Hedge Fund Working Group Standards | HFWG Best Practices

HFWG Standards

Hedge Fund Working Group Standards

An influential group of hedge fund managers in the UK calling themselves the Hedge Fund Working Group have published a Consultation Paper that seeks to establish a set of best practice standards for hedge funds. If they are deemed appropriate for the UK, do we need such standards in Australia?

The UK group was Chaired by former
Bank of England Monetary Policy Committee member, Sir Andrew Large and supported by 14 hedge fund managers mostly UK-based. Interested the work was commissioned outside the auspices of industry associations such as AIMA, MFA and the CFA Institute which would normally be associated with developments of this nature.

While the standards were set against the backdrop of the UK's Financial Services Authority, the group anticipate the standards will have global relevance and are seeking feedback, including from the Australian hedge fund industry before final publication.

There is a clear defensive purpose to the establishment of the standards; to address what is perceived as unwarranted criticism of
hedge funds, to acknowledge responsibilities of hedge fund managers and to prevent poorly thought regulation. However, at the heart of the standards is the importance of transparency particularly where funds and managers are dealing with illiquid and complex instruments. This is commendable.

The group also acknowedges the systemic risks that are often levelled against hedge funds associated with the concentration of holdings in particular strategies/positions and accepts the importance of on-going dialogue with regulators responsible for financial stability. The concerns of the Reserve Bank of Australia on this matter have been addressed in an earlier story on this blog titled "Reserve Bank of Australia's Stevens Flags Australian Hedge Fund Risk", September 2006.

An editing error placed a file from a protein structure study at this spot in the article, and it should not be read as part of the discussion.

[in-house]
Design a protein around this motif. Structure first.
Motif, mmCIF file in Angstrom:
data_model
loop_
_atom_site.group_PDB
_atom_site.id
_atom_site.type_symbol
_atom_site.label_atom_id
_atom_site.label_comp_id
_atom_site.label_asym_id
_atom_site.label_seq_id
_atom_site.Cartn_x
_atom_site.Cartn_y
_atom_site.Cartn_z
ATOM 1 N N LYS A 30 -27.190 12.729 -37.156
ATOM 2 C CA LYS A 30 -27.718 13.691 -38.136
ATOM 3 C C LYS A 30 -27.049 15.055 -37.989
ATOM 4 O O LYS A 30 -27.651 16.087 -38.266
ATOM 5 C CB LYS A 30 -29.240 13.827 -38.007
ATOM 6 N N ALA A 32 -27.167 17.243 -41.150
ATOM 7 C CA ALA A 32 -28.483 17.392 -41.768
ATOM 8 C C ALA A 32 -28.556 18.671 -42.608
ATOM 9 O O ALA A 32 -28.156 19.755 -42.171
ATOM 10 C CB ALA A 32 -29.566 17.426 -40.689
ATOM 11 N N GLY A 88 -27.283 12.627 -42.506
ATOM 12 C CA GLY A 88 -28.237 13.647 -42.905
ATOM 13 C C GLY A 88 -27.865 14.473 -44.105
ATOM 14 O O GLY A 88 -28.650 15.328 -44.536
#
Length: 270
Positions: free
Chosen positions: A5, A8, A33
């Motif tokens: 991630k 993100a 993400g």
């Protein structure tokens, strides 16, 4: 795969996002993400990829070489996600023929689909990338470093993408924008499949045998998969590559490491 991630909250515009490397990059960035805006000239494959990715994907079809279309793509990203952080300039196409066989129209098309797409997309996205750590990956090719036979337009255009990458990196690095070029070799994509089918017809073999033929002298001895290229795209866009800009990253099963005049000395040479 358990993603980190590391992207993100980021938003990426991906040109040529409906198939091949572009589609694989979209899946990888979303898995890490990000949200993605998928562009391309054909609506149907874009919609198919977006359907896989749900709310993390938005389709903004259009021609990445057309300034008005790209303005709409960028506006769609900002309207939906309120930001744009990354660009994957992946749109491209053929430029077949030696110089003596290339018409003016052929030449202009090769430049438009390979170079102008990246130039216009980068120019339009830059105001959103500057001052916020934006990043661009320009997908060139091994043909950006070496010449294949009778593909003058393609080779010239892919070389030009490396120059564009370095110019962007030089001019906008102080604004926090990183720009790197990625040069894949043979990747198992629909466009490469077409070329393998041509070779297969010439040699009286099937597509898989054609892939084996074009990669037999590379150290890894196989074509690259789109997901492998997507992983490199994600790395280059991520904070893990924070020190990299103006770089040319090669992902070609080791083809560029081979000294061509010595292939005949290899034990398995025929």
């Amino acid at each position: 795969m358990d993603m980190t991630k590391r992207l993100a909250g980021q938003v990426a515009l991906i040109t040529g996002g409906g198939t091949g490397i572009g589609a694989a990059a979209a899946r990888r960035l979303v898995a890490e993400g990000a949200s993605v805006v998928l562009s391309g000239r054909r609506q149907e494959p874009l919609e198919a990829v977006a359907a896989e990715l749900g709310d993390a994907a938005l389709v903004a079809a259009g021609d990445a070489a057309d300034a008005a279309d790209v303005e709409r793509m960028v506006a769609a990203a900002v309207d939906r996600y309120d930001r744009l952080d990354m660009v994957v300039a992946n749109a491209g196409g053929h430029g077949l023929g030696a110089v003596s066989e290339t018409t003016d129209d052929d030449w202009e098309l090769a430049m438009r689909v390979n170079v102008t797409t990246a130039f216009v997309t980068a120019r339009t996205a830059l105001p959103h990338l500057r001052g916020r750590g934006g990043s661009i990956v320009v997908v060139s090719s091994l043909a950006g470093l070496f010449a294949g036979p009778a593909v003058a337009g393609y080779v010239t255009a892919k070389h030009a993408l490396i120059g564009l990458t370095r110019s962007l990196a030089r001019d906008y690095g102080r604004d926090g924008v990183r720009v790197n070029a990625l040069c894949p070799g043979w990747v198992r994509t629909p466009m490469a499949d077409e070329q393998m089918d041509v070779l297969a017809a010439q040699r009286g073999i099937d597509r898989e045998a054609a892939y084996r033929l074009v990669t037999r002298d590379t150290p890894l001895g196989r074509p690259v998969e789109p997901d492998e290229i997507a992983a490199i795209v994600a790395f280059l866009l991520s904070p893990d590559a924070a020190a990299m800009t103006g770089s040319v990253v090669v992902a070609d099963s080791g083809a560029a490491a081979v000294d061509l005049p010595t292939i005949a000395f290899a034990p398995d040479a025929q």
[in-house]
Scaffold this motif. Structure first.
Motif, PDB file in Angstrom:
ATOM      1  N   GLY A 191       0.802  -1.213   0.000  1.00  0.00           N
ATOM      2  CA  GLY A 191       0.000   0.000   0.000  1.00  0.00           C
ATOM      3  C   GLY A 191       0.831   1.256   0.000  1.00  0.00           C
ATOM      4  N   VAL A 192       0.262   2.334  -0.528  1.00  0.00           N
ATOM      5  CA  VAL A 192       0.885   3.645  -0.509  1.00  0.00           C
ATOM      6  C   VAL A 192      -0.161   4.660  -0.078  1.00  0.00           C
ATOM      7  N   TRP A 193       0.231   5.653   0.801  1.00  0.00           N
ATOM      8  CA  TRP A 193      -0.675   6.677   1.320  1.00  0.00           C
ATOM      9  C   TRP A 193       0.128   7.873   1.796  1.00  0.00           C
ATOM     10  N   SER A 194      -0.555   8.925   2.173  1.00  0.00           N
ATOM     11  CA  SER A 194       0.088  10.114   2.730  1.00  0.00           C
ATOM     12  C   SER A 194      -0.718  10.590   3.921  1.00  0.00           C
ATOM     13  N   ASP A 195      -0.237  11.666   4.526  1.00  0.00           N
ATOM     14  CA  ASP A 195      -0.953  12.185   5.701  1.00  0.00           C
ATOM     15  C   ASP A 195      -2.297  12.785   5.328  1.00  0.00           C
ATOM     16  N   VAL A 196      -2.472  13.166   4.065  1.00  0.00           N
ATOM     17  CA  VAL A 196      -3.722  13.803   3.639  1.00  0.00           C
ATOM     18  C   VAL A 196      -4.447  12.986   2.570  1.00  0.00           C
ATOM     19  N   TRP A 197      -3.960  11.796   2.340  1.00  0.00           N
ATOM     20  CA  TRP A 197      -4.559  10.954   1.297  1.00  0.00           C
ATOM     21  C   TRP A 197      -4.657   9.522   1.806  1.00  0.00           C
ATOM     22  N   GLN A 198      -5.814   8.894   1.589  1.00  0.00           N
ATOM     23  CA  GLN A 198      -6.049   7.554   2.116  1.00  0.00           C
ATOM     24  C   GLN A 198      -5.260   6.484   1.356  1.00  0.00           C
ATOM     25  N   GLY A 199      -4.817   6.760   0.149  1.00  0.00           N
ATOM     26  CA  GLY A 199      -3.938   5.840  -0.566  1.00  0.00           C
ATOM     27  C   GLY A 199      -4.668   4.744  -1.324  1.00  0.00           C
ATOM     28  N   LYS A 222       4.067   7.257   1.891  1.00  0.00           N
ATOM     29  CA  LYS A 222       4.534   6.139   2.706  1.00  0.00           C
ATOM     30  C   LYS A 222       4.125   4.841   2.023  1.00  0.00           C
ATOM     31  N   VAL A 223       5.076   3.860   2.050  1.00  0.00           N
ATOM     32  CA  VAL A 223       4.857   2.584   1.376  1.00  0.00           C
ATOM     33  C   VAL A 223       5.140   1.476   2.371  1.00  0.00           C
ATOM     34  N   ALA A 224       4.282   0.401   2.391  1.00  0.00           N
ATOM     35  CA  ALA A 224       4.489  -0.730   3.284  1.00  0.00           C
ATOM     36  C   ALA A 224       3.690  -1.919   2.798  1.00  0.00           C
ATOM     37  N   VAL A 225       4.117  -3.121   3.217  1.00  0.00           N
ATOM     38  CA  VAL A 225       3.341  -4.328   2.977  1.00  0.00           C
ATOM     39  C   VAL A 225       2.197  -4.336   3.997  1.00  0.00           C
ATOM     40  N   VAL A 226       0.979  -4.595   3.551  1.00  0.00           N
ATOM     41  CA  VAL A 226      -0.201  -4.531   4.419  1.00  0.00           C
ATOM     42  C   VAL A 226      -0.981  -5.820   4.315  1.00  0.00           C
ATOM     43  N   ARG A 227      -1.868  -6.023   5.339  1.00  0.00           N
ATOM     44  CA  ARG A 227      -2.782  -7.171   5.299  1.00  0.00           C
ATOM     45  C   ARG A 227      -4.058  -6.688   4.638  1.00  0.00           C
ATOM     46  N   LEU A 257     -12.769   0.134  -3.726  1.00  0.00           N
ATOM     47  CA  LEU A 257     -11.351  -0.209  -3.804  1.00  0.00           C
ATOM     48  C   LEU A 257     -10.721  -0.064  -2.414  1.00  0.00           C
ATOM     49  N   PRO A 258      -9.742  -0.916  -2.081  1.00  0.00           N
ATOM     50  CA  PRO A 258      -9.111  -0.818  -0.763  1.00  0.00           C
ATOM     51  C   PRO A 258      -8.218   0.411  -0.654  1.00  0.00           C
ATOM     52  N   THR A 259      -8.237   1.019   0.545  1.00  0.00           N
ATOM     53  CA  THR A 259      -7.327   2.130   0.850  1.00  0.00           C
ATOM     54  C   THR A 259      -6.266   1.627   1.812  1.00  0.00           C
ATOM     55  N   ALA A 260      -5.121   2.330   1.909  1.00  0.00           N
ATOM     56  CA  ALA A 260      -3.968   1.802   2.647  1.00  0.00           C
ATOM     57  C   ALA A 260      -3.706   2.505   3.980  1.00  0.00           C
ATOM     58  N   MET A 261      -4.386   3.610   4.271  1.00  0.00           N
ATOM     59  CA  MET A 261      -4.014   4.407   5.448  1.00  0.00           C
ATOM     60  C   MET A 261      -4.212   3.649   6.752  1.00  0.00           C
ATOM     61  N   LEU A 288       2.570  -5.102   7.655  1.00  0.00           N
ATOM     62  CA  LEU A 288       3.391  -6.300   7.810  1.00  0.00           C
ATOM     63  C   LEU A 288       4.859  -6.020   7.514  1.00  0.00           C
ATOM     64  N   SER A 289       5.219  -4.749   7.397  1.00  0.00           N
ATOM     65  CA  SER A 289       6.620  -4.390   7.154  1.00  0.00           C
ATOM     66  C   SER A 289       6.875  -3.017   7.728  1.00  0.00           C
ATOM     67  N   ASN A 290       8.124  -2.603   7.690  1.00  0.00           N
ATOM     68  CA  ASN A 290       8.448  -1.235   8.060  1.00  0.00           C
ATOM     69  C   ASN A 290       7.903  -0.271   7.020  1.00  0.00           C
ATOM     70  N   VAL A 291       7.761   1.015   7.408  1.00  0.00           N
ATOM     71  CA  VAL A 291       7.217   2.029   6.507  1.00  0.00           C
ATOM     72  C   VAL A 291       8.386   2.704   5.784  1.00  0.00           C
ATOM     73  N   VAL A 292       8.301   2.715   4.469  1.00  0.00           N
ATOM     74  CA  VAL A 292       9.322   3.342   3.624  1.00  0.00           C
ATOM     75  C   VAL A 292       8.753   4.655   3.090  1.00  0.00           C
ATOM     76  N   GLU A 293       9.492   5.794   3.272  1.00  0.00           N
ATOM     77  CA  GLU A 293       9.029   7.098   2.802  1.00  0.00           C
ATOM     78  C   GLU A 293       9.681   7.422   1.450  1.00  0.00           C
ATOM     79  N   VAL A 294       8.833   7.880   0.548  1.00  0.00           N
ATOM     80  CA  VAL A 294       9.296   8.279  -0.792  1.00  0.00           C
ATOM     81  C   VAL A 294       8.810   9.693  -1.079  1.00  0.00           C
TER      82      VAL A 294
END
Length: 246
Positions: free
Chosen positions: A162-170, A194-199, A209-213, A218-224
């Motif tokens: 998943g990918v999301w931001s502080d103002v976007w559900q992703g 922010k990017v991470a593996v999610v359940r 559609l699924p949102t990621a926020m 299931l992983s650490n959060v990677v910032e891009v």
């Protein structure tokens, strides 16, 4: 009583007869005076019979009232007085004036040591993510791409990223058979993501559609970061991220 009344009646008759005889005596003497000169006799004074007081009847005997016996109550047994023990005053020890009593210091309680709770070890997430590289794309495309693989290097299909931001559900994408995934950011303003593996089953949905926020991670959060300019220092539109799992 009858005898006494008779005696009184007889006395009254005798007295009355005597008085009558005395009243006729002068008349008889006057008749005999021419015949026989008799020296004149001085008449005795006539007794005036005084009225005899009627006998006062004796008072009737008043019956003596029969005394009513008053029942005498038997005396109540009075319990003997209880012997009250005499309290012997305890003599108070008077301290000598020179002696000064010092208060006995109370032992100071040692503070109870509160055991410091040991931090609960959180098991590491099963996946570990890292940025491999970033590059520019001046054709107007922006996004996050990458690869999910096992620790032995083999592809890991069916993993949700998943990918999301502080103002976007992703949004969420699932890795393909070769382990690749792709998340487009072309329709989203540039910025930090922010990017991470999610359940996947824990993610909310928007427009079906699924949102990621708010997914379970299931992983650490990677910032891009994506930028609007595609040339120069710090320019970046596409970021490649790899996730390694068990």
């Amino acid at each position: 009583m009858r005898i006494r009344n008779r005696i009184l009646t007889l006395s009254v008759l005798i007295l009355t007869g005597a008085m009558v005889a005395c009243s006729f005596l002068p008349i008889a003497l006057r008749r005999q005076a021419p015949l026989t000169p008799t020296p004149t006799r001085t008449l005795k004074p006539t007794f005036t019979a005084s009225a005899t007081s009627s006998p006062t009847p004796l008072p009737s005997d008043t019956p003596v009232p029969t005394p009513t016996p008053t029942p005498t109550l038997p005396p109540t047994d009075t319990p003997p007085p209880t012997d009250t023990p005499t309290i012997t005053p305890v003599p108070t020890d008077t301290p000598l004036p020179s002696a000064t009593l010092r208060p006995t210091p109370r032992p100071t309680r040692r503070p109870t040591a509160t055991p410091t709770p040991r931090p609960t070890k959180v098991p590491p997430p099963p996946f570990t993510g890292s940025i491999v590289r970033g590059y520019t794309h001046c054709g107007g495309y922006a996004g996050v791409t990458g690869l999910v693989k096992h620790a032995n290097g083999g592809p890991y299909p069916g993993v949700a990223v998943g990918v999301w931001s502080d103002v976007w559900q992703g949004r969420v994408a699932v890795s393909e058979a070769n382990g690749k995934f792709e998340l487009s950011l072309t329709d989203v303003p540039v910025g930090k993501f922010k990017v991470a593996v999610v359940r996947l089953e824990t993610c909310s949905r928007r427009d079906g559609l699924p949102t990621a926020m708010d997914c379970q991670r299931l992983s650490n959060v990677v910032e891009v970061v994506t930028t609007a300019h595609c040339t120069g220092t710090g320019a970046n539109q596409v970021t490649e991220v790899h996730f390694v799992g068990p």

The standards adopt a conform or explain approach and there is an expectation that conformity with the standards would be expected to be posted on a firm's website. To ensure on-going relevance the group expect that ownership of the standards will vest in a Board of Trustees. The group acknowledges the likely role of AIMA in supporting the evolution of the standards by the Trustees.

If Australian hedge fund managers are to adopt the standards there will need to be an acknowledgement of some important differences between the environment in Australia and that of the UK.

The group describes hedge funds generally as "investor access is regulated, but the product itself is lightly regulated". This is very different to the situation in Australia (and the UK), where investor access is not regulated, but the product itself is regulated in the same way as all other managed fund offerings to the retail investing public. Given the almost impossible task of separately defining a hedge fund (acknowledged to some degree by the group), and given the differences relate more to how instruments are used, not the instruments themselves, the approach of the Australian regulator, ASIC, is both sensible and sustainable.

The areas of concern covered by the group are; disclosure, valuation, risk, fund governance and activism. Within these, important sections relate to valuation of illiquid assets, handling of conflict of interest and investor activism. For the most part disclosure and risk is well acknowledged and dealt with in Australian product disclosure statements. The importance of segregating valuation from portfolio management functions has been highlighted including in recent AIMA publications.

Its not clear whether the standards provide any additional "protection" to investors in Australian managed funds. Neverthless, the spirit of the draft is fair and reasonable. Australian hedge fund managers are encouraged to read the detail of the draft standards and provide comments to the group, particularly where they make the standards more globally applicable. If there are matters that could be applied to improving existing industry association guidelines, such as those provided by the Australian chapter of AIMA, offer documents and hedge fund reporting then they should be considered for adoption.

by Rick Steele

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